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  • Christian Liberty's Avatar
    05-13-2019, 10:49 PM
    http://www.newadvent.org/fathers/3001015.htm To be clear, I intend to continue discussing with TER (and anyone else, if they decide they're interested) on the original thread as well, but this is something I want to get people's thoughts on. As far as the early church fathers go, I feel that this is the strongest pro-papal polemic that I've personally read through, to my knowledge. There are some other arguments that I'd use, and I would not have converted on the grounds of a single church father. I am curious to hear from others, but particular from Eastern Orthodox. After you have read this letter, do you feel that Jerome's statements here can be reconciled with an Eastern Orthodox view of the papacy? Or do you feel that Jerome was simply wrong (which would be an understandable conclusion, obviously not every Father agreed on everything) but ultimately that this particular saint and church father would've held more to an RC view of the pope than a Protestant one?
    1 replies | 87 view(s)
  • Christian Liberty's Avatar
    05-13-2019, 01:49 PM
    Good question. I was kind of paraphrasing the statements of certain church fathers (particularly, Ireaneus, Cyprian, and Jerome), not a particular ecunemical council. I could fairly easily dig up the citations from which I'm building up to that idea, and explain why, but I'm not sure if that's the direction you want to go in or not. I'd also point to the whole Quartodeciman controversy, and how Ireaneus deals with it, as well as 1 Clement as supporting evidence. And of course there's also Matthew 16.
    4 replies | 130 view(s)
  • Christian Liberty's Avatar
    05-13-2019, 12:52 PM
    I'm gonna start this thread by replying to what TER said on the other thread, but I consider this thread fair game for discussion on Catholicism, Eastern Orthodoxy, and the various differences between them. I'm willing to grant that I struggle with this doctrine. Had I lived before 1870, I certainly would have sympathized with the conciliarists who did not believe in papal infallibility. I accept it because I believe the Bishop of Rome is the principle of unity in the Christian Church, and thus I do believe that a valid ecunemical council ruled in favor of this doctrine. I guess I don't see it so much as a "safety clause" so much as I see it a kind of spiritual version of the referee or umpire. His word is the final word in specific circumstances, but that doesn't mean he's a perfect person or that everything he says is perfect. There are problems with this analogy, but I think you can see where I'm going with it. The Magisterium exists to clarify tradition, not to overturn it and certainly not to make every off the cuff opinion of the Pope infallible. Annulments were much more rare before Vatican II. I don't have a problem with the concept in and of itself. Certain marriages just are not possible. To give an extreme example, consider for instance a man who "married" a woman that he later learned was his sister. Or perhaps a woman who already had a spouse, but lied to him. Say a man lied and claimed to be a layman, but in actuality he was already an ordained priest, bound to celibacy. Or consider perhaps the case of an Islamic child bride who is too young to really consent to marriage in the first place. These are among the conceivable situations where we could imagine an annulment being sensible. I agree that, especially post Vatican II, often annulments have basically become a cover for divorce, but that's not the way its supposed to work.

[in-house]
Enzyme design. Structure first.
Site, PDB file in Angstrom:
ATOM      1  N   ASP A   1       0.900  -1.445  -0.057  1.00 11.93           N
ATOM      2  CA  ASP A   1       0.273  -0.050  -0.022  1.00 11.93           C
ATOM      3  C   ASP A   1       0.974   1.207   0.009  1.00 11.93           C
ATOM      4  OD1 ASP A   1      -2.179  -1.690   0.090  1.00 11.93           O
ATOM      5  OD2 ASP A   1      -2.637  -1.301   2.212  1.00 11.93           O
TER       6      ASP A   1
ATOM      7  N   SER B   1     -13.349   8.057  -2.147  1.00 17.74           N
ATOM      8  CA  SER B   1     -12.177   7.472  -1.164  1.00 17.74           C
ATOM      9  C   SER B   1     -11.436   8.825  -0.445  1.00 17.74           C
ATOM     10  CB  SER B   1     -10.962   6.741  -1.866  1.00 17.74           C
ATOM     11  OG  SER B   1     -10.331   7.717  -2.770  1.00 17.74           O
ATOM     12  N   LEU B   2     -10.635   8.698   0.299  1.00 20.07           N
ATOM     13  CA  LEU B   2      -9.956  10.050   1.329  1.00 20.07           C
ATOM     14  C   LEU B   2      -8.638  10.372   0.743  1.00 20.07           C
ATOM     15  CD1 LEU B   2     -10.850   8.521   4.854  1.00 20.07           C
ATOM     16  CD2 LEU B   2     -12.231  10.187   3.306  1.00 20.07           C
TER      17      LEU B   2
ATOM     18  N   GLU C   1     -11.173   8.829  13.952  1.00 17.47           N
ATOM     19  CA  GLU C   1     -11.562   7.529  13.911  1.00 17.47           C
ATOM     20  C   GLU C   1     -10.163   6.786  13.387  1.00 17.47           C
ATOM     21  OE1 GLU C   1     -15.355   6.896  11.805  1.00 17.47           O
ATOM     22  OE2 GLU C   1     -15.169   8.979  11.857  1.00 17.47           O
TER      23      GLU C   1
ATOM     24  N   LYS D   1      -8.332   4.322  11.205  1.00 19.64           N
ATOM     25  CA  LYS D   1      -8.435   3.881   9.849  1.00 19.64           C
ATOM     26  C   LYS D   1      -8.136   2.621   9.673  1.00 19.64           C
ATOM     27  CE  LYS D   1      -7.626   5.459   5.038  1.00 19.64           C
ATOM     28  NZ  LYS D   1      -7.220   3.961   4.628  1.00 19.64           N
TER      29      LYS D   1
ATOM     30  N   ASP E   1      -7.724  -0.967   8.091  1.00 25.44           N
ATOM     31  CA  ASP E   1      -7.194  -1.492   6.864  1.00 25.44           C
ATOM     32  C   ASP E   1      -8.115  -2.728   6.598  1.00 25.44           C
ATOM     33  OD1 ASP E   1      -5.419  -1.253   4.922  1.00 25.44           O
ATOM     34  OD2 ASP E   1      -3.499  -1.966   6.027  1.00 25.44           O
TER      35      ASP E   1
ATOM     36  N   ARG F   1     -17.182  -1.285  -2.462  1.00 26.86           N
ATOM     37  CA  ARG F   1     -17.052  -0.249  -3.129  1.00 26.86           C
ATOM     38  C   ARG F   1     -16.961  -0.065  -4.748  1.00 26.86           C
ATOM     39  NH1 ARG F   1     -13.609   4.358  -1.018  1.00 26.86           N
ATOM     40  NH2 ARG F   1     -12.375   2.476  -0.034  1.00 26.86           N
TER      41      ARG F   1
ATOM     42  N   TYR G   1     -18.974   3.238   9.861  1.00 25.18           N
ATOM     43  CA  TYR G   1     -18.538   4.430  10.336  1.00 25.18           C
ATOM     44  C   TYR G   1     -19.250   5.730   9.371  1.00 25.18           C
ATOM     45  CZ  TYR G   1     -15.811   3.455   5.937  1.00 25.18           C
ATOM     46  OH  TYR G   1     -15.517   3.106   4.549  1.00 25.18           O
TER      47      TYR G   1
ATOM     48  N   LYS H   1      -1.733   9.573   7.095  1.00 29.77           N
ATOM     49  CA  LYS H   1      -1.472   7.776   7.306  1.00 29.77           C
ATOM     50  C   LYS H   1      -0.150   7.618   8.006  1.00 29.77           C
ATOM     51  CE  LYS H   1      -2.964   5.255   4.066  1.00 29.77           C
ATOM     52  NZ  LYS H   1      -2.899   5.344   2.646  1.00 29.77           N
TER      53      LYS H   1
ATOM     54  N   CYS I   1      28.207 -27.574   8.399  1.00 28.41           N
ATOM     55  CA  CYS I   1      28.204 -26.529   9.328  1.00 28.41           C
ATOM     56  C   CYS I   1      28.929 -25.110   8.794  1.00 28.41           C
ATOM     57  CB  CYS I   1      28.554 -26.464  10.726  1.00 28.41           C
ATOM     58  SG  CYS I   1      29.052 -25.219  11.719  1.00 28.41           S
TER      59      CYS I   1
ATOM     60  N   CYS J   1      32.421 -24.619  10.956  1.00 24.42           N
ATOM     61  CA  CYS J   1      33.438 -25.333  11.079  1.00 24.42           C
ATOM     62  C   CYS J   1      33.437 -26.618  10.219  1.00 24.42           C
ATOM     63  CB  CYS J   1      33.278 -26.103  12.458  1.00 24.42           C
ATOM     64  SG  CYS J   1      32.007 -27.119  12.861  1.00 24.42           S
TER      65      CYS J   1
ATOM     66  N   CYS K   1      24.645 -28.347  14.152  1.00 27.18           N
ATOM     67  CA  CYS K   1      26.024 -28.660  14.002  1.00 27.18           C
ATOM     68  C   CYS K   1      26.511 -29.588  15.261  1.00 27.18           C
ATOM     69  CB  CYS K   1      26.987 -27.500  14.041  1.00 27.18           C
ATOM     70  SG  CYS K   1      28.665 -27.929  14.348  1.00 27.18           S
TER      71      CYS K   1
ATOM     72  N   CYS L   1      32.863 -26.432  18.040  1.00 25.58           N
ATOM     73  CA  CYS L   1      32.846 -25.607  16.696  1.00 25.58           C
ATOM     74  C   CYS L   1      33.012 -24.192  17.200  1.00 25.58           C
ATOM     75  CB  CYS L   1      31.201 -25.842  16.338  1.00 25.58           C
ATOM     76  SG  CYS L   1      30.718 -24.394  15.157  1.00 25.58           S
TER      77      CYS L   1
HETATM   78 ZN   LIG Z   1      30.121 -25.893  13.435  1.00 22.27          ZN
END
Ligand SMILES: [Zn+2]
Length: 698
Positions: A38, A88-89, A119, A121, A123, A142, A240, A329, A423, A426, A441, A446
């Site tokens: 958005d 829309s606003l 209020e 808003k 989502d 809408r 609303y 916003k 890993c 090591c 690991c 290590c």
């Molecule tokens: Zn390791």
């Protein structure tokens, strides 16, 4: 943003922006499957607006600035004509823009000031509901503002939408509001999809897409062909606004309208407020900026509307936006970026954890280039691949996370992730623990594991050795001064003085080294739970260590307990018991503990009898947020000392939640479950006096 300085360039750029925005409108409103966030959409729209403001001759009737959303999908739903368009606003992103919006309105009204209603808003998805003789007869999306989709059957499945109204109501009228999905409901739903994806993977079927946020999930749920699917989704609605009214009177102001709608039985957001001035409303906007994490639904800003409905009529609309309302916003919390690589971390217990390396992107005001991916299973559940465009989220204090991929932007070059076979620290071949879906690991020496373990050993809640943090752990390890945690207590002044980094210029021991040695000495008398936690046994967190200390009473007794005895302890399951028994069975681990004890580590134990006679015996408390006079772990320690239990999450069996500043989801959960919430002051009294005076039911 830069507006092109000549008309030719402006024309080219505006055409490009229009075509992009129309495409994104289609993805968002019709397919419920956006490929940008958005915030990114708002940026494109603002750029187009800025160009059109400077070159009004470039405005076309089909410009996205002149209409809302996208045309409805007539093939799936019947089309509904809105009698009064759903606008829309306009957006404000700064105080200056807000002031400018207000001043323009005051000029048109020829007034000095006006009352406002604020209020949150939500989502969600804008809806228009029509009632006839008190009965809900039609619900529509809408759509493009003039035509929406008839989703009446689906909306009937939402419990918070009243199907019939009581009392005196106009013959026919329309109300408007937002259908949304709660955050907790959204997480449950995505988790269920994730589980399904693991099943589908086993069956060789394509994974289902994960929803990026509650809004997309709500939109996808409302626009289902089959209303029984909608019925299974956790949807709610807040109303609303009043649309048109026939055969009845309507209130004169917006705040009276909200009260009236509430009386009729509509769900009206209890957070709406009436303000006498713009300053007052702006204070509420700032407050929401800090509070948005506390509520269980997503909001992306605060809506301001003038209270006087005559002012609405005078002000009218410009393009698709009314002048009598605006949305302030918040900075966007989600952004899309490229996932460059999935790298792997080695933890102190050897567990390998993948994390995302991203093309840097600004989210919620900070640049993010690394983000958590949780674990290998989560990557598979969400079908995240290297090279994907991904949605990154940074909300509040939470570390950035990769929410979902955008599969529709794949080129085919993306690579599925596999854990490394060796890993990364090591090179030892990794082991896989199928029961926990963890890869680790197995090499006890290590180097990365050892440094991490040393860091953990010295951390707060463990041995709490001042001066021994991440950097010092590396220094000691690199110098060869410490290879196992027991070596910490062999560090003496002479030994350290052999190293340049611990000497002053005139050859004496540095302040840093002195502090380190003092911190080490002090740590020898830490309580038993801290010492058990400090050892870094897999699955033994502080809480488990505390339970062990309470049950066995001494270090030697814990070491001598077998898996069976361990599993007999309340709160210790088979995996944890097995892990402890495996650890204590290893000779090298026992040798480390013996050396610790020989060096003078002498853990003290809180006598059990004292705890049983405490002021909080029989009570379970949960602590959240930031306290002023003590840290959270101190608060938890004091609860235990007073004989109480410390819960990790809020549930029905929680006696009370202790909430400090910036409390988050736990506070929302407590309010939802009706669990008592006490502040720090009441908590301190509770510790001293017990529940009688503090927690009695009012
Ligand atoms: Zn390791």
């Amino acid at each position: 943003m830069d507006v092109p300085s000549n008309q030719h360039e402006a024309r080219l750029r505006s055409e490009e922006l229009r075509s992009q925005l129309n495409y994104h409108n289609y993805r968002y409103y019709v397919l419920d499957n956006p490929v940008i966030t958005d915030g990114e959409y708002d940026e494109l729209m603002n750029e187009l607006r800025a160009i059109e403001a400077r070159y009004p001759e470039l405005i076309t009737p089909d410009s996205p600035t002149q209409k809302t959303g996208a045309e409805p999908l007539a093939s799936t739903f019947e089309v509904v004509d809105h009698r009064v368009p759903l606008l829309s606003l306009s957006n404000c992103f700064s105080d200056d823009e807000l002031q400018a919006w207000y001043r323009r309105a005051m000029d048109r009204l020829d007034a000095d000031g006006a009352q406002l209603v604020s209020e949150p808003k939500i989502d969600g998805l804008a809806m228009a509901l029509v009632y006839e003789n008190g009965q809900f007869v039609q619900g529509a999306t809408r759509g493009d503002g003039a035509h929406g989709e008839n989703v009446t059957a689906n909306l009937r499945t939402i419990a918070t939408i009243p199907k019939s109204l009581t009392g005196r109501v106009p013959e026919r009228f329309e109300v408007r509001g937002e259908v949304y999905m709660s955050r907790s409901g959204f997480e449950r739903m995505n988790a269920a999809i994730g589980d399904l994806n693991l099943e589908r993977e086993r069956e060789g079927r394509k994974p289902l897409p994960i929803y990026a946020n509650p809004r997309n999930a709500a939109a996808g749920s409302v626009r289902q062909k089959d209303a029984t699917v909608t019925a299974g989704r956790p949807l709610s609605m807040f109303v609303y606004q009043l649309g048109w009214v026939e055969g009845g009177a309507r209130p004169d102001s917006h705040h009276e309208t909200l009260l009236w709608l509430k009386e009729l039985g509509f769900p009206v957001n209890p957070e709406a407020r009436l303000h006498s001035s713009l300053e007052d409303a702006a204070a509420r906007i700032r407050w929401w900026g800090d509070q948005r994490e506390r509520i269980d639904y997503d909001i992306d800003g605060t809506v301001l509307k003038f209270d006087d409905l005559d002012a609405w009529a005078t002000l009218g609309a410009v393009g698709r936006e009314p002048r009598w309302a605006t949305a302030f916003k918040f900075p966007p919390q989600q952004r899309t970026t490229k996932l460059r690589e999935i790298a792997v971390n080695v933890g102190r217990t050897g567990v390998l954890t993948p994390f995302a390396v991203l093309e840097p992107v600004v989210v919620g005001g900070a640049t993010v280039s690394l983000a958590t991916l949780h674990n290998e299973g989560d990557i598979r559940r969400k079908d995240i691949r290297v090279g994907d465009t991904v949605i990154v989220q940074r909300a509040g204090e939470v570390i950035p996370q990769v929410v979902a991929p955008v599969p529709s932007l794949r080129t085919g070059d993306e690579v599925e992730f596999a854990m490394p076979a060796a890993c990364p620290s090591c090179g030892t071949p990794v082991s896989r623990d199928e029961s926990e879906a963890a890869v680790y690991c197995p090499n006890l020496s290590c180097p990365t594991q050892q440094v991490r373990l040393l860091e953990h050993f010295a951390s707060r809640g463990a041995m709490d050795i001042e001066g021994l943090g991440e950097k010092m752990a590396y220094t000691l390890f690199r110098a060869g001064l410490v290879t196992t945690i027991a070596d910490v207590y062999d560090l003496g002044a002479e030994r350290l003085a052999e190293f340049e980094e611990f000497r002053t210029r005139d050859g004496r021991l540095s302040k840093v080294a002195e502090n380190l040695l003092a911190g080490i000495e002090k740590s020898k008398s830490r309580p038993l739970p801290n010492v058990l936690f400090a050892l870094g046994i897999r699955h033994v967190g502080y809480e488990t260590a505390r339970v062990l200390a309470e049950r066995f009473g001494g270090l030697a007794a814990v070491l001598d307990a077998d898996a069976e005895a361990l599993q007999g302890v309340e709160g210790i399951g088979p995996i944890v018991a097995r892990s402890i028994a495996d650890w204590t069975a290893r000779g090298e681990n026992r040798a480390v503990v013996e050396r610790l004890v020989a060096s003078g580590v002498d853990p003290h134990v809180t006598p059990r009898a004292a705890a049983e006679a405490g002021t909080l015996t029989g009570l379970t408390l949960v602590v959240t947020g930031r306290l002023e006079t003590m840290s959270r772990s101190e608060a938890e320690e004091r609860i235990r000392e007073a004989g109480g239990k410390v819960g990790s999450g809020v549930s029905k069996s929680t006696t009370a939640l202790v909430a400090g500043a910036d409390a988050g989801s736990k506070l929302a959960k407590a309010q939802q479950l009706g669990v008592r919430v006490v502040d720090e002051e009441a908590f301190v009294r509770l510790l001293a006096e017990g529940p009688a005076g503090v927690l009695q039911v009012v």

4 replies | 130 view(s)
  • Christian Liberty's Avatar
    05-09-2019, 01:05 AM
    I completely forgot about this thread... somehow. I'll try to get back to it (or the new thread if there is one, I need to check) either tomorrow or the day after.
    127 replies | 5667 view(s)
  • Christian Liberty's Avatar
    05-04-2019, 10:05 PM
    Its not JUST sex, but there is a lot about divorce and remarriage and his attitude towards them. I think its very concerning, and I think Francis has been pushing the envelope a lot.
    127 replies | 5667 view(s)
  • Christian Liberty's Avatar
    05-04-2019, 01:42 PM
    Anyone else notice the irony that we're now discussing RC vs EO on a Sola_Fide OP? LOL!
    127 replies | 5667 view(s)
  • Christian Liberty's Avatar
    05-04-2019, 01:39 PM
    I'm enjoying it too. And yeah, I realize Rome has problems as well. I agree that Rome needs our (everyone's prayers.) And I'm not trying to take any cheap shots against EO. I seriously considered it at various times during my journey, and I think EO is definitely a *far* more plausible option than Protestantism of any type. In the end, any discussion of what reasons for decisions like this are going to come down to perceived deficiencies in the other side, but I don't mean any of them as attacks. All that said, to be honest, this probably wouldn't have been nearly as tough a decision for me had I lived in the 1950s. Perhaps that's a deficiency of mine. My biggest doubts regarding Catholicism likely come down to events that have taken place in the last 60 years.
    127 replies | 5667 view(s)
  • Christian Liberty's Avatar
    05-04-2019, 01:14 PM
    I'll try to get that one some time in the near future. Thanks! This raises a question. In your mind would this apply to the Roman Catholic Church? And why or why not? One thing I've noticed with EOs is I've never been able to get a definitive answer on whether Roman Catholic sacraments are valid or not, and I've seen some hinting that categorizations like valid or invalid might not exist in EO (BTW: A lot of what I know of EO, though not all of it, comes from Fr. Andrew Stephen Damick's podcast "Ancient Faith" where he goes through Eastern Orthodoxy and contrasts it with a bunch of other worldviews. I listened to the introductory episodes and the episodes on Roman Catholicism and Magisterial Protestantism. hmmmmmm, that could raise another question ,but it would be more complex and I'd have to think about how to formulate it. And there are more key things that I wanted to address.